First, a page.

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Buying guide for best sound-only baby monitors

Sound-only baby monitors are a reliable way to keep an ear on your nursery when you’re elsewhere in the house. Most units have highly sensitive microphones and speakers that relay your infant’s every coo, giggle, and cry.

In some limited cases, such as health problems or sensitive situations, a video monitor is a must. But for some people, they end up being more hassle than they’re worth. Video baby monitors have limited range, they freeze, they trigger false alarms, and they gobble up batteries. Plus, they tend to keep you glued to the screen at the very time you finally have a chance to unplug.

Most sound-only monitors, on the other hand, transmit sound using radio signals, so they’re much more reliable. They rarely glitch, they’re energy efficient, and many even let you respond to your baby’s cues.

We’ve scanned the market for the best sound-only baby monitors. Keep reading to learn more about what’s available. When you’re done, check our recommendations for the best sound-only monitors for your nursery.

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Many seniors use sound-only two-way baby monitors as a safety precaution to communicate around the house.

Key considerations


Whether your nursery is right down the hall or down the stairs, you’ll need a monitor that can go the distance. Most sound-only monitors have a range between 100 feet and 1,000 feet. If you live in a two-story house, look at monitors on the higher end of the range. Even if your house is small, a longer-range monitor will let you keep an ear on your baby while you’re out doing yard work or playing with other children.

One- or two-way communication

Every baby monitor on the market lets you hear sounds from your nursery, but some let you talk back, too. Look for models that support two-way communication if your baby is easily soothed with a gentle word or lullaby. This option may help you get a little more shut-eye.


Since most monitors use radio signals, it’s important to find one that can be used without interference. A good monitor gives you multiple channels, enabling you to switch if one frequency is in use. If you live in a rural area, a standard monitor with 5 channels should suffice. Densely populated areas are likely to have other baby monitors and radio equipment in use nearby, so if you live in an urban environment, look for monitors with more channels — some offer as many as 36!

When it comes to babies, safety is key! The best monitors transmit encrypted signals to your parent unit. That way, you can be sure that no one else is hearing you or your baby.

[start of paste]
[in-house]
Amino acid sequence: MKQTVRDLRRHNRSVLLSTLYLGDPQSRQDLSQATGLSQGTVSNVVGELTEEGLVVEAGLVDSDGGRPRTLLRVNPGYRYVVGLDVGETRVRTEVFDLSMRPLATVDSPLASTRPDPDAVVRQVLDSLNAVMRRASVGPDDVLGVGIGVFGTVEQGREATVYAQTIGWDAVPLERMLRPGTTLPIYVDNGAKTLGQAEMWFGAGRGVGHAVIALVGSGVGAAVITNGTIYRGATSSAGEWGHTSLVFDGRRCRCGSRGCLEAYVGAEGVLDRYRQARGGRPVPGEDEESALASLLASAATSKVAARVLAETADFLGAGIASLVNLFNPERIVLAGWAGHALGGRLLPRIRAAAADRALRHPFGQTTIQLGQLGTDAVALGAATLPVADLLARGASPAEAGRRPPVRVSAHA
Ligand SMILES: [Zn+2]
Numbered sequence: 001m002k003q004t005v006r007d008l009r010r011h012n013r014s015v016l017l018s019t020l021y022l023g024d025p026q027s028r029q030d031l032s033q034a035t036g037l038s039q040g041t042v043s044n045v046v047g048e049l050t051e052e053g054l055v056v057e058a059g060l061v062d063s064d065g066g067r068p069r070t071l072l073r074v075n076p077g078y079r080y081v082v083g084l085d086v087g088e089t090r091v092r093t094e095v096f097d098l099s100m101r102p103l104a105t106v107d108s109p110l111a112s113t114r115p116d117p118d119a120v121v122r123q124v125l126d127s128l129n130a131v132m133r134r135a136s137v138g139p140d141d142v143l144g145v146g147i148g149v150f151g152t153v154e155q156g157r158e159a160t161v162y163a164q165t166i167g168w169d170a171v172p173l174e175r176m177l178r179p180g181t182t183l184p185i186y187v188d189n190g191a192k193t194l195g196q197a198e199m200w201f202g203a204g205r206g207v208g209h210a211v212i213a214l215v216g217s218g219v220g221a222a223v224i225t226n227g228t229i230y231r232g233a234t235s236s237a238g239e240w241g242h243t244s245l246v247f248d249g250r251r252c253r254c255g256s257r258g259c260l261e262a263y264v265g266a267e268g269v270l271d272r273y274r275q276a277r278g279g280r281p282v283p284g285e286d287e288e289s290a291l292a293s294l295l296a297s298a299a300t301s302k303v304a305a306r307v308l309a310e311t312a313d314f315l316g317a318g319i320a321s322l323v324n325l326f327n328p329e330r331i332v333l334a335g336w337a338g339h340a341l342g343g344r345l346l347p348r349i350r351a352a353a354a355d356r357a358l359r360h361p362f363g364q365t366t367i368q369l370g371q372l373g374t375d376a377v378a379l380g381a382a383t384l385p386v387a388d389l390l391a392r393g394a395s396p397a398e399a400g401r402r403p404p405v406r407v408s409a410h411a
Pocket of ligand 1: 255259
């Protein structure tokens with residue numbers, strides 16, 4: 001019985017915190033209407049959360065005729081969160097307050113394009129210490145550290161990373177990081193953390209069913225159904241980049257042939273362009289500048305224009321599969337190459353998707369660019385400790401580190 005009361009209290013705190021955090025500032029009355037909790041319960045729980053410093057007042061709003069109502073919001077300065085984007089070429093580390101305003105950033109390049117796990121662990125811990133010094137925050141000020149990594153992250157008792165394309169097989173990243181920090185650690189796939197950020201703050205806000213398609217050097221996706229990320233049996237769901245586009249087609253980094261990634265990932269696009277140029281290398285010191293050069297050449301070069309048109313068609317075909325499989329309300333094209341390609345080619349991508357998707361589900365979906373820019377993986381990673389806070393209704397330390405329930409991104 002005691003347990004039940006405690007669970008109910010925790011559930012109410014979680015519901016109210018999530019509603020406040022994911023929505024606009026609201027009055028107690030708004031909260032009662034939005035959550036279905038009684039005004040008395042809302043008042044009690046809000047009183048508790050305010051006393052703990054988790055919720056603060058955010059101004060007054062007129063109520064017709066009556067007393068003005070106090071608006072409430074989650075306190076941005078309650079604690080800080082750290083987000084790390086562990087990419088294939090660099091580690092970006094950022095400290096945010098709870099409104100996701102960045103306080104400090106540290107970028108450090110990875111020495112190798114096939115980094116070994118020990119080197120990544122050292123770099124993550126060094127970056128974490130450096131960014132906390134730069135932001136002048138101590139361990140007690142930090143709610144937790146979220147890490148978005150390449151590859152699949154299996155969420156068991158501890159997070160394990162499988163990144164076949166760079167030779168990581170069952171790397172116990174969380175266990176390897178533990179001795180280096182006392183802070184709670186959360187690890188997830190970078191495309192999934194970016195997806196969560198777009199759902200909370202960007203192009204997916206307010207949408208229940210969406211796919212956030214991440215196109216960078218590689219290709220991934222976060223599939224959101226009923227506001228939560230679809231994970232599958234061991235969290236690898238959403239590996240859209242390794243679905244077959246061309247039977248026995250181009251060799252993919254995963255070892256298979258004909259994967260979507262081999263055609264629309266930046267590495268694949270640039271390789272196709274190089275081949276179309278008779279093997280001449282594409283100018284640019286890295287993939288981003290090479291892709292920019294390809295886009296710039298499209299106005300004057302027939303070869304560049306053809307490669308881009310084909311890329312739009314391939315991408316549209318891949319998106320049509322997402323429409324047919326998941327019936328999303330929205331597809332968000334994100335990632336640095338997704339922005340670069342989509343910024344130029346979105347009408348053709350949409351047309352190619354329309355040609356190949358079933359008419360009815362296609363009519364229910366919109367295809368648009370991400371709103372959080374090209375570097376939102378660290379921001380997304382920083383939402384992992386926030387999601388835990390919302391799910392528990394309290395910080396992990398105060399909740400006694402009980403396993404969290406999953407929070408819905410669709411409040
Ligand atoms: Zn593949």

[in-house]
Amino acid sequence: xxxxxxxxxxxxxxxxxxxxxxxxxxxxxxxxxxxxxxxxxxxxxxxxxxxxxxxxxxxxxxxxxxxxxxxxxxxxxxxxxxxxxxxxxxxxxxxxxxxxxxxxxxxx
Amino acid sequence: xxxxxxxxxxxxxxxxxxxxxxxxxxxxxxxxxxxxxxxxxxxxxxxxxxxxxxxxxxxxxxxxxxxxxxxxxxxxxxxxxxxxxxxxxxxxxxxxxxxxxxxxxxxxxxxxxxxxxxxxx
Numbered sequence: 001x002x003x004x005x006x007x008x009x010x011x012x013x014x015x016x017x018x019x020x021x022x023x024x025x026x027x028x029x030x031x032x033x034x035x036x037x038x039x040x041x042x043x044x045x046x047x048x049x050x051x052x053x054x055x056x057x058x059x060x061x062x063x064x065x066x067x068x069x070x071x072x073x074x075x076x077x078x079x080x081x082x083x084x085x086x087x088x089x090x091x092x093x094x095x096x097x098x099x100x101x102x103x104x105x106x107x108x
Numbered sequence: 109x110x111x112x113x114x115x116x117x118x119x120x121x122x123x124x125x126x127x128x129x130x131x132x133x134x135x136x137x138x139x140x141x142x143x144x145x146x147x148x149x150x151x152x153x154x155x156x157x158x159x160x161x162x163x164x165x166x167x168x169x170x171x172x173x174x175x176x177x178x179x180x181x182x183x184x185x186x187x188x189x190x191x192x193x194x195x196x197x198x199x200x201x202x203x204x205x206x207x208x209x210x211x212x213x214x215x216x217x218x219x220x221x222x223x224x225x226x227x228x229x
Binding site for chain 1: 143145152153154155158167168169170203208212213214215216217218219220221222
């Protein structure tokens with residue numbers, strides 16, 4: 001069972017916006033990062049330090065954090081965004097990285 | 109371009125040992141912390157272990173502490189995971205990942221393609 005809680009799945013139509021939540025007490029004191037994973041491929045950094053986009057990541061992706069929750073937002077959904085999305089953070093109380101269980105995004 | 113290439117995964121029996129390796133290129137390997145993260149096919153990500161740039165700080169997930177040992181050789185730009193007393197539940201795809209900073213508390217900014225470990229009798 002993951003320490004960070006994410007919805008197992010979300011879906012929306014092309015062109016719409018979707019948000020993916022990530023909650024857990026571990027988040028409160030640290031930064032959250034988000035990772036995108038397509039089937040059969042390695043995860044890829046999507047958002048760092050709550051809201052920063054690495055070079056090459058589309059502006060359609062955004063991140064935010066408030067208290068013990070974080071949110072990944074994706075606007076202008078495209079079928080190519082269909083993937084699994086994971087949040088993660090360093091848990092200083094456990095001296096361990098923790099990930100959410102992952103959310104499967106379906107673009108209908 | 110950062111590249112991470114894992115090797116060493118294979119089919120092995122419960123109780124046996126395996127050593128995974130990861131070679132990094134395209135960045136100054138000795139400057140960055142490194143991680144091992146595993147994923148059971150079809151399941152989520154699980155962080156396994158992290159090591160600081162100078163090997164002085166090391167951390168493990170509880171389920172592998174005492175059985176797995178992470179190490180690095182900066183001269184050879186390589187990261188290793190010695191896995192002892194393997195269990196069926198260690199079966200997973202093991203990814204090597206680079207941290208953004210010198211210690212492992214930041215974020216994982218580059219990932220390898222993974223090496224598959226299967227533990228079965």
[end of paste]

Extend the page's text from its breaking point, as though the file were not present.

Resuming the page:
Plug-in vs. battery

Virtually all base baby monitors plug into the wall; however, some also have options for cordless use. Many people who use monitors while camping or traveling love this option. If you want a monitor that can be cord-free, check whether you must charge it ahead of time or change out batteries during your trip.

Most parent units are designed to work either plugged into a wall outlet or with a battery, letting you hear your baby as you move from room to room. Again, if you want to take your parent unit on the go, find out whether it must be charged ahead of time or you’ll need to take spare batteries. If you think you’ll frequently use your monitor cord-free, consider whether a rechargeable unit or one using disposable batteries makes the most sense for you.


When your baby goes down for a nap, it’s likely time for you to take a shower. Or maybe older siblings want to splash in the pool. In these situations, and many others, a waterproof baby monitor is a good idea. It’s not unusual for a toddler (or a sleep-deprived parent) to knock a monitor off its perch. A drop-proof model can help make sure an accident doesn’t render the monitor unusable.

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Did you know?
Some baby monitor night-lights can be turned on and off remotely.

Sound-only baby monitor features

Most sound-only baby monitors come with a slew of features that can help simplify life for parents.

Sound activation

At first, you’ll probably want a constant stream of sound out of your little one’s room, but as time passes, you might decide that you don’t need to hear every toss, turn, and whimper. Many baby monitors have options for sound activation, which means they only transmit vocalizations or sounds that are loud enough to trigger the microphone. Consider this option if you’re a light sleeper.


Many sound-only baby monitors keep tabs on the room temperature as well as audio. Babies’ bodies are not able to regulate temperature the way adult bodies can. What’s more, they can’t tell you that they’re too warm or too cold. And a nursery that’s too hot increases a baby’s risk of sudden infant death syndrome (SIDS). A monitor with a thermometer lets you set a temperature range for the nursery and alerts you when the temperature dips below or rises above the acceptable range.